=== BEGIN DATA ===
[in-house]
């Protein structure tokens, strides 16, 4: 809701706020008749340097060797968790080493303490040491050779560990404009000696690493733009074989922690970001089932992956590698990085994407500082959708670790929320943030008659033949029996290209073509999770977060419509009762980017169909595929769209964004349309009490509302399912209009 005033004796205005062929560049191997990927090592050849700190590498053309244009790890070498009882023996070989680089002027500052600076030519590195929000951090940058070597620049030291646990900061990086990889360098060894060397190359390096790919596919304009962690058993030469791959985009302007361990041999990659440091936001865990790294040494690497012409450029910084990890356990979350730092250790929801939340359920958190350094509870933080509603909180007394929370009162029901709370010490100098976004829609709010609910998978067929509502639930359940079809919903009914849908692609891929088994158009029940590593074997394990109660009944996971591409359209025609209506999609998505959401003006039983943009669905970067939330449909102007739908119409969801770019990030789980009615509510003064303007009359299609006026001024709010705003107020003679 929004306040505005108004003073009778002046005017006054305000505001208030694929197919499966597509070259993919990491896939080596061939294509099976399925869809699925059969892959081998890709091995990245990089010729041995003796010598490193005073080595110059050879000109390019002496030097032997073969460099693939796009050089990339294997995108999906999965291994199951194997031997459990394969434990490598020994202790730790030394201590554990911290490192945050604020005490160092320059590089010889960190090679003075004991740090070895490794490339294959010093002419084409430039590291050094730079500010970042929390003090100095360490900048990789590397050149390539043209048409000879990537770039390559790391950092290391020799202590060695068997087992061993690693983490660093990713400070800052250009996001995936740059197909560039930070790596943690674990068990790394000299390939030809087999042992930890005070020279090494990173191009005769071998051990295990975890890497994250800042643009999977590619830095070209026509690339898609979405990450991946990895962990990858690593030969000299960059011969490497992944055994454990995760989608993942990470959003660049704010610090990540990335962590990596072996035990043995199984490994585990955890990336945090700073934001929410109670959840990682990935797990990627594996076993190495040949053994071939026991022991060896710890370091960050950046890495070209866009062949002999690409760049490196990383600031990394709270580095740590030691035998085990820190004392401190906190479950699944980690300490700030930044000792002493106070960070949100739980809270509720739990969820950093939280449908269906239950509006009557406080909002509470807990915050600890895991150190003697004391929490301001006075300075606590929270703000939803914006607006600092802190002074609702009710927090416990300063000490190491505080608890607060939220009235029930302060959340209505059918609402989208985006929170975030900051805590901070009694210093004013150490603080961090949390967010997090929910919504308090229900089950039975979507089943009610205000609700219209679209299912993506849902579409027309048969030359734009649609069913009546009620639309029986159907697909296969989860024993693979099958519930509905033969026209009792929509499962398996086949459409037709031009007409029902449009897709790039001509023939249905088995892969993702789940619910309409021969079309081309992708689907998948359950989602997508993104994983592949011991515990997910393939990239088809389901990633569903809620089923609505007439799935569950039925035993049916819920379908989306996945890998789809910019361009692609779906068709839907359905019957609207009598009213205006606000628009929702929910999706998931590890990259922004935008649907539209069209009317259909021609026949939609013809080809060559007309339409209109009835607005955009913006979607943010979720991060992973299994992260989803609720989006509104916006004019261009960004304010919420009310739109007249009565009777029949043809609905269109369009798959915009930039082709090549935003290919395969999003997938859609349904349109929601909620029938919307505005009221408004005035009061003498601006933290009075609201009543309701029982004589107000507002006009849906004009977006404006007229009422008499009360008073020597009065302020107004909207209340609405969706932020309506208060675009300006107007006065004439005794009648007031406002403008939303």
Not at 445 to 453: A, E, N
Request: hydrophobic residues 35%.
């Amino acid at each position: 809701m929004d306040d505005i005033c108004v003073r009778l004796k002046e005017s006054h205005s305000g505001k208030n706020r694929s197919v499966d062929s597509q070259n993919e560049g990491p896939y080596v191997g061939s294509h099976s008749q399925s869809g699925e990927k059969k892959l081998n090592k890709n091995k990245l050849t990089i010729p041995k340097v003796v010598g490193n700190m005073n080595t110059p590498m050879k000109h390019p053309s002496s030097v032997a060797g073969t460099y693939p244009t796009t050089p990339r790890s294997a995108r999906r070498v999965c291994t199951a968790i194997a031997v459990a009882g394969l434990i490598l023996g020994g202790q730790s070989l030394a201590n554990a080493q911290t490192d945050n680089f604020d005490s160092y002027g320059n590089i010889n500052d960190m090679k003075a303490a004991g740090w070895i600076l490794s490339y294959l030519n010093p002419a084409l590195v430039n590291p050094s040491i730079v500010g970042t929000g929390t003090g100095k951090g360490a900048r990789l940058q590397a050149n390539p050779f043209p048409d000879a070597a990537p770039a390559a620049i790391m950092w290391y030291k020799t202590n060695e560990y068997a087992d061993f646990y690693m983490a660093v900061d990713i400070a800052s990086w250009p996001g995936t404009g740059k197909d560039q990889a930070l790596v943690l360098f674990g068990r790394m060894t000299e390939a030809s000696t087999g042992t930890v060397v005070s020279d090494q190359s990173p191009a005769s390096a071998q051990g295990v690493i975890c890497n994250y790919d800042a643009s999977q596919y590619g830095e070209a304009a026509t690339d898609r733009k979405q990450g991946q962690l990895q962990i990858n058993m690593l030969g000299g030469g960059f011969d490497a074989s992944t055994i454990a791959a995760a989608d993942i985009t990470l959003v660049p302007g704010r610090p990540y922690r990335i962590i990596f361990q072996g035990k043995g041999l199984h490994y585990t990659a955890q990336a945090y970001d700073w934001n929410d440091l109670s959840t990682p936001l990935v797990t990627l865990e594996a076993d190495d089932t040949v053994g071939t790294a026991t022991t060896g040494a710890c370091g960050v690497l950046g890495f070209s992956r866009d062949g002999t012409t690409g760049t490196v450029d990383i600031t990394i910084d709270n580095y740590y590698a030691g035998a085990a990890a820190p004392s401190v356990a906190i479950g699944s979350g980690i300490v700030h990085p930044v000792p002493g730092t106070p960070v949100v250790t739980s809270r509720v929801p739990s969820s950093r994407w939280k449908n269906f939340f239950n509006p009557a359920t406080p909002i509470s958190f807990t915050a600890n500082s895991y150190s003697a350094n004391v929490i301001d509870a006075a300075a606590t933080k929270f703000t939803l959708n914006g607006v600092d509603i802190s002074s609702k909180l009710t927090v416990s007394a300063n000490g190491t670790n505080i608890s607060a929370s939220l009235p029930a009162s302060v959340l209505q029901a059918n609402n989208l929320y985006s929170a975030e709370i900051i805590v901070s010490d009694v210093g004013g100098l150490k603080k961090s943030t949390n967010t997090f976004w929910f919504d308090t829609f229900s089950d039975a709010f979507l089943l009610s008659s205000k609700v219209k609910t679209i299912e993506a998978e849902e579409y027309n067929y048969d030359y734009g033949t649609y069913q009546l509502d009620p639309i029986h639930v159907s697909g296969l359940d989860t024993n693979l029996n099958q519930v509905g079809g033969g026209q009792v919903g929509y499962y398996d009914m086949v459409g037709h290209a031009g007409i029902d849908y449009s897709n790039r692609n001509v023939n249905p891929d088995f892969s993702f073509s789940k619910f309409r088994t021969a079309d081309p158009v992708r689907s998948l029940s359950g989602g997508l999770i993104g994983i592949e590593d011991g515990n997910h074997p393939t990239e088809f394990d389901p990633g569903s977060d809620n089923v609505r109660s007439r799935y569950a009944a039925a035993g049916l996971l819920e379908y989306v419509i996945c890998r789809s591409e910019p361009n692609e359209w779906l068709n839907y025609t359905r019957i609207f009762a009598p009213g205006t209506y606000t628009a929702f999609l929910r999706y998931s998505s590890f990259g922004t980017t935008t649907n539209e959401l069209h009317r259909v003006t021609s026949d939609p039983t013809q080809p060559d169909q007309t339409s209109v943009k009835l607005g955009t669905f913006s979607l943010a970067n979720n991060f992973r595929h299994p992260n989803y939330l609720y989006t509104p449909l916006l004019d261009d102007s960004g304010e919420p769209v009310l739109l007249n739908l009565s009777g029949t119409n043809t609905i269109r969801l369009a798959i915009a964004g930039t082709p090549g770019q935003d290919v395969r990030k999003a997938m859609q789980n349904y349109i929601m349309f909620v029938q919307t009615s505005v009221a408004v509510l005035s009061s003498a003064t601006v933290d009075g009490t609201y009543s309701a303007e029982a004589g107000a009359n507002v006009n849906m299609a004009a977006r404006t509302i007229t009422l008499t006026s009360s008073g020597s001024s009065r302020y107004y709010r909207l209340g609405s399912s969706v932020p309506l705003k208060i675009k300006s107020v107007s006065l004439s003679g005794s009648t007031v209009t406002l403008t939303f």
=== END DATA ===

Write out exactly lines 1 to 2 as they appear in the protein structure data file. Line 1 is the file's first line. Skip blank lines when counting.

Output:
[in-house]
């Protein structure tokens, strides 16, 4: 809701706020008749340097060797968790080493303490040491050779560990404009000696690493733009074989922690970001089932992956590698990085994407500082959708670790929320943030008659033949029996290209073509999770977060419509009762980017169909595929769209964004349309009490509302399912209009 005033004796205005062929560049191997990927090592050849700190590498053309244009790890070498009882023996070989680089002027500052600076030519590195929000951090940058070597620049030291646990900061990086990889360098060894060397190359390096790919596919304009962690058993030469791959985009302007361990041999990659440091936001865990790294040494690497012409450029910084990890356990979350730092250790929801939340359920958190350094509870933080509603909180007394929370009162029901709370010490100098976004829609709010609910998978067929509502639930359940079809919903009914849908692609891929088994158009029940590593074997394990109660009944996971591409359209025609209506999609998505959401003006039983943009669905970067939330449909102007739908119409969801770019990030789980009615509510003064303007009359299609006026001024709010705003107020003679 929004306040505005108004003073009778002046005017006054305000505001208030694929197919499966597509070259993919990491896939080596061939294509099976399925869809699925059969892959081998890709091995990245990089010729041995003796010598490193005073080595110059050879000109390019002496030097032997073969460099693939796009050089990339294997995108999906999965291994199951194997031997459990394969434990490598020994202790730790030394201590554990911290490192945050604020005490160092320059590089010889960190090679003075004991740090070895490794490339294959010093002419084409430039590291050094730079500010970042929390003090100095360490900048990789590397050149390539043209048409000879990537770039390559790391950092290391020799202590060695068997087992061993690693983490660093990713400070800052250009996001995936740059197909560039930070790596943690674990068990790394000299390939030809087999042992930890005070020279090494990173191009005769071998051990295990975890890497994250800042643009999977590619830095070209026509690339898609979405990450991946990895962990990858690593030969000299960059011969490497992944055994454990995760989608993942990470959003660049704010610090990540990335962590990596072996035990043995199984490994585990955890990336945090700073934001929410109670959840990682990935797990990627594996076993190495040949053994071939026991022991060896710890370091960050950046890495070209866009062949002999690409760049490196990383600031990394709270580095740590030691035998085990820190004392401190906190479950699944980690300490700030930044000792002493106070960070949100739980809270509720739990969820950093939280449908269906239950509006009557406080909002509470807990915050600890895991150190003697004391929490301001006075300075606590929270703000939803914006607006600092802190002074609702009710927090416990300063000490190491505080608890607060939220009235029930302060959340209505059918609402989208985006929170975030900051805590901070009694210093004013150490603080961090949390967010997090929910919504308090229900089950039975979507089943009610205000609700219209679209299912993506849902579409027309048969030359734009649609069913009546009620639309029986159907697909296969989860024993693979099958519930509905033969026209009792929509499962398996086949459409037709031009007409029902449009897709790039001509023939249905088995892969993702789940619910309409021969079309081309992708689907998948359950989602997508993104994983592949011991515990997910393939990239088809389901990633569903809620089923609505007439799935569950039925035993049916819920379908989306996945890998789809910019361009692609779906068709839907359905019957609207009598009213205006606000628009929702929910999706998931590890990259922004935008649907539209069209009317259909021609026949939609013809080809060559007309339409209109009835607005955009913006979607943010979720991060992973299994992260989803609720989006509104916006004019261009960004304010919420009310739109007249009565009777029949043809609905269109369009798959915009930039082709090549935003290919395969999003997938859609349904349109929601909620029938919307505005009221408004005035009061003498601006933290009075609201009543309701029982004589107000507002006009849906004009977006404006007229009422008499009360008073020597009065302020107004909207209340609405969706932020309506208060675009300006107007006065004439005794009648007031406002403008939303």